Latest Sun Stories
As the peak year of the solar maximum picks up in intensity, NASA’s Solar Dynamics Observatory (SDO) observed yet another solar flare and two coronal mass ejections (CMEs) mid-week.
IRIS will help advance scientists understanding of the interface region, which is an area in the lower atmosphere of the sun where most of the sun's ultraviolet emissions are generated. Emissions from this area impact the near-Earth space environment and Earth's climate.
Our knowledge of how stars evolve arises out of our survey of billions of stars within and outside of our galaxy. As we piece together the snapshots of these stars of various sizes and masses, at various stages of their evolution, we begin to get a complete picture of how stars are born, live, and die.
On May 17, the sun unleashed an Earth-directed coronal mass ejection (CME) at 5:24 a.m. EDT sending billions of tons of solar particles into space. The matter from this CME will likely reach Earth in one to three days and potentially affect electronic systems in satellites and on the ground.
Given a legitimate need to protect Earth from the most intense forms of space weather -- great bursts of electromagnetic energy and particles that can sometimes stream from the sun -- some people worry that a gigantic "killer solar flare" could hurl enough energy to destroy Earth, but this is not actually possible.
On Sunday (May 12) the Sun emitted a significant solar flare that is being classified as the first X-class solar flare of 2013. The X1.7 flare, which peaked at about 10 p.m. EDT, was also associated with another solar event known as a coronal mass ejection (CME).
The sun emitted a mid-level solar flare, peaking at 1:32 pm EDT on May 3, 2013.
The temperature near the Earth's core is approximately 10,800 degrees Fahrenheit a team of scientists has determined. This is 1,000 degrees hotter than in a previous experiment conducted 20 years prior.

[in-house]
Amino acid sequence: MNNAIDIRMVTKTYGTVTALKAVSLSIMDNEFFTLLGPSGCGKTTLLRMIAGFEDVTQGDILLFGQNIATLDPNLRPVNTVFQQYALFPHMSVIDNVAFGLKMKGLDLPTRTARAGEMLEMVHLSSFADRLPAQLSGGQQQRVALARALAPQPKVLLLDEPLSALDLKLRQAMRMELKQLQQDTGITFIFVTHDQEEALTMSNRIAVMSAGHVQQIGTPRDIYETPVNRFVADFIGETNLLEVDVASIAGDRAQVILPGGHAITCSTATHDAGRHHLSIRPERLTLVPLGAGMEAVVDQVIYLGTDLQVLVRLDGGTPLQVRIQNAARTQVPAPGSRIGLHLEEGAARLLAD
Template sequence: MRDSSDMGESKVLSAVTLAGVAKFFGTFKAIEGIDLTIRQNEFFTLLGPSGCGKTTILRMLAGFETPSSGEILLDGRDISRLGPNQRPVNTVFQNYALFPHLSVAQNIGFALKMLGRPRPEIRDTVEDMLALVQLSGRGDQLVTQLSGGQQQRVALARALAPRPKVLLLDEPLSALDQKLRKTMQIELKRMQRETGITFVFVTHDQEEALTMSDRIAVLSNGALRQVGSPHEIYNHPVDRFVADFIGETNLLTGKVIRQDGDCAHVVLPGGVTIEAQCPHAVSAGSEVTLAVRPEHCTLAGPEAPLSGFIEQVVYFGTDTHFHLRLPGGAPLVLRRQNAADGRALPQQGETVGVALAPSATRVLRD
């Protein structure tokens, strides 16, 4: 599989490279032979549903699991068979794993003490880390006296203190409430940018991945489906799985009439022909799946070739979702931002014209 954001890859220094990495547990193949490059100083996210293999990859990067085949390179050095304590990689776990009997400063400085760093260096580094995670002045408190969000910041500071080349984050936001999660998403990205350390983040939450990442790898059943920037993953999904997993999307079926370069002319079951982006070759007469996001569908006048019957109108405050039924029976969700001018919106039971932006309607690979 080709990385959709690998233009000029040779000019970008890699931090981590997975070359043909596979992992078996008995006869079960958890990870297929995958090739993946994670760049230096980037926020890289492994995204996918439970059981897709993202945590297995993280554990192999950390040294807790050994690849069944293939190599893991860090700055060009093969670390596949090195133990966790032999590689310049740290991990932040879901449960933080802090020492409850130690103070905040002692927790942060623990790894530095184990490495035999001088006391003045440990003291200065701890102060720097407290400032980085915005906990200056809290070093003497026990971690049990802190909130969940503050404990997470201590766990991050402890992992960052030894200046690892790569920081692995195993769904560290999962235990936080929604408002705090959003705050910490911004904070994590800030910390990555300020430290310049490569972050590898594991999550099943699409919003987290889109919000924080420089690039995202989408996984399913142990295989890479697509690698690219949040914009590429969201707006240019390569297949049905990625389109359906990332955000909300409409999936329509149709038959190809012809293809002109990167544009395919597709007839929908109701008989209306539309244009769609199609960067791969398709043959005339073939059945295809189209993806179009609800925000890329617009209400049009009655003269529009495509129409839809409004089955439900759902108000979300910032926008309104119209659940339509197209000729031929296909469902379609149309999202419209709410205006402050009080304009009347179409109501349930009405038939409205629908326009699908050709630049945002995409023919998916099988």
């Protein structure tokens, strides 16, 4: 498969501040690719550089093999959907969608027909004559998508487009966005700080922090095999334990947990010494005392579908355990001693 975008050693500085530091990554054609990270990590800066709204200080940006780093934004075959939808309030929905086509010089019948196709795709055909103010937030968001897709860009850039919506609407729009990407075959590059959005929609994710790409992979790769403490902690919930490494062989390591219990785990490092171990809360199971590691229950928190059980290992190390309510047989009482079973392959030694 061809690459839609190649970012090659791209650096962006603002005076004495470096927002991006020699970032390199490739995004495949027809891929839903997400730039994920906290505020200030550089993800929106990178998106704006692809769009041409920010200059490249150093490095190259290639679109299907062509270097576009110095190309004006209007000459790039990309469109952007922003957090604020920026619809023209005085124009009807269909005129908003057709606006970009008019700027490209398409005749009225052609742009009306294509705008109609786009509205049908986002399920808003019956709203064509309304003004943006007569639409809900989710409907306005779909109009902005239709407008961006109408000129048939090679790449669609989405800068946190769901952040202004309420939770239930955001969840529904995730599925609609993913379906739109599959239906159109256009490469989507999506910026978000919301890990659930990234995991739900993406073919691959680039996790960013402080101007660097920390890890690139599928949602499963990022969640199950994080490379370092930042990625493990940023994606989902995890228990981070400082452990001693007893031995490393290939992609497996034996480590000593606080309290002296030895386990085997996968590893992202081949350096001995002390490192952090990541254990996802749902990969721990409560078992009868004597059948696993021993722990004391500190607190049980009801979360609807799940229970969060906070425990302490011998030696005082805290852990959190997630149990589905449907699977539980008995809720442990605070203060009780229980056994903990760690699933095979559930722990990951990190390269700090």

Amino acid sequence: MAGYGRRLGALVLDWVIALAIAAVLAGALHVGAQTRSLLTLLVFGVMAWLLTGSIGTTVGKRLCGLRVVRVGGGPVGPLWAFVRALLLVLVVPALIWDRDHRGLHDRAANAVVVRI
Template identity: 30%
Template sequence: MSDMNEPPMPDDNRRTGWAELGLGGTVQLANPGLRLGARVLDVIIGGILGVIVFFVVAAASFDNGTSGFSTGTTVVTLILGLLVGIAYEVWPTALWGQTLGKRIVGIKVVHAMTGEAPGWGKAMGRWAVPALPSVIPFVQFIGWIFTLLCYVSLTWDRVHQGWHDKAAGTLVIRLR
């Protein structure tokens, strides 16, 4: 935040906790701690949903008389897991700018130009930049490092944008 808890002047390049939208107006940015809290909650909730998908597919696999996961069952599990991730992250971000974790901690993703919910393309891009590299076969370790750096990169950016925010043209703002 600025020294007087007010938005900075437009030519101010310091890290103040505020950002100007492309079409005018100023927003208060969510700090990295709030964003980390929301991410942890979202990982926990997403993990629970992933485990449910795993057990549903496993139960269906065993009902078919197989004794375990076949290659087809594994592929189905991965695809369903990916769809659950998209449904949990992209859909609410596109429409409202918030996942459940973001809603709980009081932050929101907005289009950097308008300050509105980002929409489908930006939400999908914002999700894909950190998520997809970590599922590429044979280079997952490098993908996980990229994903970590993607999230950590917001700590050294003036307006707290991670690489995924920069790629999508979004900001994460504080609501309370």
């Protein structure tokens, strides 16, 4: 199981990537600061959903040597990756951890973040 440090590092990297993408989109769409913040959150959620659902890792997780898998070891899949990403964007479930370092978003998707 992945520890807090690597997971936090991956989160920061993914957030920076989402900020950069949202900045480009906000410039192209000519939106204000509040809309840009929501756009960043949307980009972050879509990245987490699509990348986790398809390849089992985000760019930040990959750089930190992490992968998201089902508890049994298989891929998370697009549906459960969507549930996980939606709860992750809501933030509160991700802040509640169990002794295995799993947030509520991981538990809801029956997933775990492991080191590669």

NASA has released a video of the unbroken coverage of the sun for the past three years, taken by its Solar Dynamics Observatory.
The prominent feature that allows for the existence of life on Earth is the Sun. Radiation from our closest star provides heat and energy to our planet, driving biological processes and providing the necessary conditions for liquid water to naturally exist. But our Sun is only but one star in this vast Universe. And as it turns out, most stars are quite different than the one that illuminates our day. For this reason, scientists have, for hundreds of years, attempted to study the other...
Solar cycles: what are they and why should we care about them? Solar cycles are made up of what are known as solar minimums (min) and solar maximums (max). We refer to a solar min at the time when the sun is not active with many sunspots, while a solar max is just the opposite when we see a large increase in sunspot activity. So how long do solar cycles last? Typically they run on what is known as an 11 year cycle from the max to the min and then start over again anew. As of 2012 we...
Being a meteorologist for over thirteen years you start to take note of many things in the atmosphere and how they repeat themselves. Our Climate is no different. The definition of climate is stated as: the collective weather data in regards to moisture and temperature for over 30 years for the same location. So to better understand our climate we need to look at this. First, we have average temperatures for given places based on the 30 year average. Some years the temps are warmer or...
Solar Physics is a journal for solar and solar-stellar research and the study of solar terrestrial physics. Founded in 1967 by solar physicist Cornelis de Jager and publisher D. Reidel, the journal treats all aspects of solar physics, ranging from the internal structure of the Sun and its evolution, to outer corona and solar wind in interplanetary space. Solar Physics has four more than forty years been the principal journal for publications of fundamental research on the Sun. It is...
The spectroheliograph captures a photographic image of the Sun at a single wavelength of light. The wavelength chosen usually coincides with a spectral wavelength of one of the chemical elements present in the Sun. George Ellery Hale and Henri-Alexadre Deslandres developed I independently in 1890 and was further refined in 1932 by Robert R. McMath to take motion pictures. It operates by using a prism together with a narrow slit that passes a single wavelength. The light focuses on a...
- To befool; deceive; balk; jilt.
- An illusion; a trick; a cheat.